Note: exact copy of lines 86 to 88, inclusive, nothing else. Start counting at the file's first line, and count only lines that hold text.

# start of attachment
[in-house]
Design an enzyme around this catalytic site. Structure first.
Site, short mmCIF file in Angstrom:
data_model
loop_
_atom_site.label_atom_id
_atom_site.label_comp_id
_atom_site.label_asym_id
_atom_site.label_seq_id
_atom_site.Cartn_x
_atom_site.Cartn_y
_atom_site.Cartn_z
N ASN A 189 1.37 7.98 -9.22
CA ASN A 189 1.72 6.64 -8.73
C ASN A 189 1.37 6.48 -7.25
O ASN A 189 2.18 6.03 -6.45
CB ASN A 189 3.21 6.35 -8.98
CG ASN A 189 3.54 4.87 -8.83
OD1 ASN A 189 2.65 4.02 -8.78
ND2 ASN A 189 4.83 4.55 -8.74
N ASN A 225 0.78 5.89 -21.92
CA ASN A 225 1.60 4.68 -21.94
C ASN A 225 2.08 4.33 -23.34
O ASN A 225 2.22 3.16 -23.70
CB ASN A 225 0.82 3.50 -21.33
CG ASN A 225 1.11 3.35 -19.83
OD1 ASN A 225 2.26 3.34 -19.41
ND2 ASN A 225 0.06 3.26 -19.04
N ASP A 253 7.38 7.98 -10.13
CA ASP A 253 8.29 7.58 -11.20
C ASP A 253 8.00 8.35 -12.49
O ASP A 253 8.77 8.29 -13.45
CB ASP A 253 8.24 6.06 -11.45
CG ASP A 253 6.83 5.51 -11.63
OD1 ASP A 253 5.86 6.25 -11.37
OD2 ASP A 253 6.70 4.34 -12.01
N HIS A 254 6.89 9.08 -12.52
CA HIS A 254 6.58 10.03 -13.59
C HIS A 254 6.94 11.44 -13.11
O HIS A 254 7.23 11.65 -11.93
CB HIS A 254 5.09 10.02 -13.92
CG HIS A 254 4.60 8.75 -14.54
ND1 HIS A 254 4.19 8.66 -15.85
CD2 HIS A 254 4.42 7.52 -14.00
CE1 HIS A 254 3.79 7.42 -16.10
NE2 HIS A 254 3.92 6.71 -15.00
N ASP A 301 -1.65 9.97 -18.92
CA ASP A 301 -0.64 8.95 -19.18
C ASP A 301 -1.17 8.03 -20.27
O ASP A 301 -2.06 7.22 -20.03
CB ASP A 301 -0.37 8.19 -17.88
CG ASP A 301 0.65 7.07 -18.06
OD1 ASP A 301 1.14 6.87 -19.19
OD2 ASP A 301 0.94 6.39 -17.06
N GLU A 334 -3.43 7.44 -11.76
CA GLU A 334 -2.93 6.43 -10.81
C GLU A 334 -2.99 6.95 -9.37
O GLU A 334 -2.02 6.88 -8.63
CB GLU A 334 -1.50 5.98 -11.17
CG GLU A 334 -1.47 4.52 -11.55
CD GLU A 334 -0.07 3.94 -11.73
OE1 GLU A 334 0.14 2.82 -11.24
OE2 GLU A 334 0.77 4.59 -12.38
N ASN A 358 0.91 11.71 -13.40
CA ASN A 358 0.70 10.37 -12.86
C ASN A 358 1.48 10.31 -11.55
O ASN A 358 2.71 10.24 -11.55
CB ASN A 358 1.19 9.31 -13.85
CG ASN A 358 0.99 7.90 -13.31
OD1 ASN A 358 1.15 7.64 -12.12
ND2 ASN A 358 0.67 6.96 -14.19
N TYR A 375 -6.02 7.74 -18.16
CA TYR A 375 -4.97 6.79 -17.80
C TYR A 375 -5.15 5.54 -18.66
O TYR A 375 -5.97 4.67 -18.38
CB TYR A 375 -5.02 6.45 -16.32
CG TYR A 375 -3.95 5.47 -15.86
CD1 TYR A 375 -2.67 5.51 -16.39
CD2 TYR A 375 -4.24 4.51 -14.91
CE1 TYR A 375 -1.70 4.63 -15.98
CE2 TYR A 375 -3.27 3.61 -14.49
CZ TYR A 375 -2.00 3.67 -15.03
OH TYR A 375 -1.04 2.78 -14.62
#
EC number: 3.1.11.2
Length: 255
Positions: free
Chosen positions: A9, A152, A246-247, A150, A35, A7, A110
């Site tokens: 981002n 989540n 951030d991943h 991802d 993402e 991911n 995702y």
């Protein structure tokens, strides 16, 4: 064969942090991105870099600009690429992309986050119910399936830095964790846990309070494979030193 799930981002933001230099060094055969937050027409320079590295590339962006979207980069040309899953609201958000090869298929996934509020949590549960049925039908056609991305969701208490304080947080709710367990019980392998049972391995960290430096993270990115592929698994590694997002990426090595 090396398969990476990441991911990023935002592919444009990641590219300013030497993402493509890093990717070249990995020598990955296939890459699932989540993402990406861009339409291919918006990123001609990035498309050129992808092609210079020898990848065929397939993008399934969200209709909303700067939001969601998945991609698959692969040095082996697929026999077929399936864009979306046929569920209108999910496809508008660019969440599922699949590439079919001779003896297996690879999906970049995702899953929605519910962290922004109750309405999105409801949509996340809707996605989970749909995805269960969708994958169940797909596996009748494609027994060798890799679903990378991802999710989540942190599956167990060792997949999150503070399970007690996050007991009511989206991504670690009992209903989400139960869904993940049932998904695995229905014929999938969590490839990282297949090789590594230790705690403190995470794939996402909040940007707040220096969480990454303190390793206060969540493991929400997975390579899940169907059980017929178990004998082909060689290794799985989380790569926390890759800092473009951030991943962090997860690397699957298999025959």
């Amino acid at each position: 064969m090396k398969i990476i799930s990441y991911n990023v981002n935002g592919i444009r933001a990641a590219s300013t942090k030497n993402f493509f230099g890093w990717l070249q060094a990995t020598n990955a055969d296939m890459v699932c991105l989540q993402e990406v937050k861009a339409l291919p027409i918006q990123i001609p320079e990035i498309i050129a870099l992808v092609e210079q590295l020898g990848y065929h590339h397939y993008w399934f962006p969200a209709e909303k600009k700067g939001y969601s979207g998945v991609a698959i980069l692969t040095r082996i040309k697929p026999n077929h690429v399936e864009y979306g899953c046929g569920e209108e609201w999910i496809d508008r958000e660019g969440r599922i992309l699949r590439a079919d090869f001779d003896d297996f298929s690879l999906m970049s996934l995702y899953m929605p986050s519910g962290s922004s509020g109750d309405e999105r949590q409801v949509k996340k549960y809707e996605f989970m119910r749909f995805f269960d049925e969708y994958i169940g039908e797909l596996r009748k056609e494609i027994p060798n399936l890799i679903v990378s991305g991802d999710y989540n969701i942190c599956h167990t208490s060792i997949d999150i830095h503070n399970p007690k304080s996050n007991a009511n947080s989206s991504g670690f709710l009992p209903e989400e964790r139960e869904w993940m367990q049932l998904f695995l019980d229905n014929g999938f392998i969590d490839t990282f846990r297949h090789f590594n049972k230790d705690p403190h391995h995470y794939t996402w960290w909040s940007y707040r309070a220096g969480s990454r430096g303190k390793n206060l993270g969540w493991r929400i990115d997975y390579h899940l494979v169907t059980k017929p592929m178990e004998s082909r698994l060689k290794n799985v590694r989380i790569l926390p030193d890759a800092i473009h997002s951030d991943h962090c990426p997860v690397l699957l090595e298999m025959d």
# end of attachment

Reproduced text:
Length: 255
Positions: free
Chosen positions: A9, A152, A246-247, A150, A35, A7, A110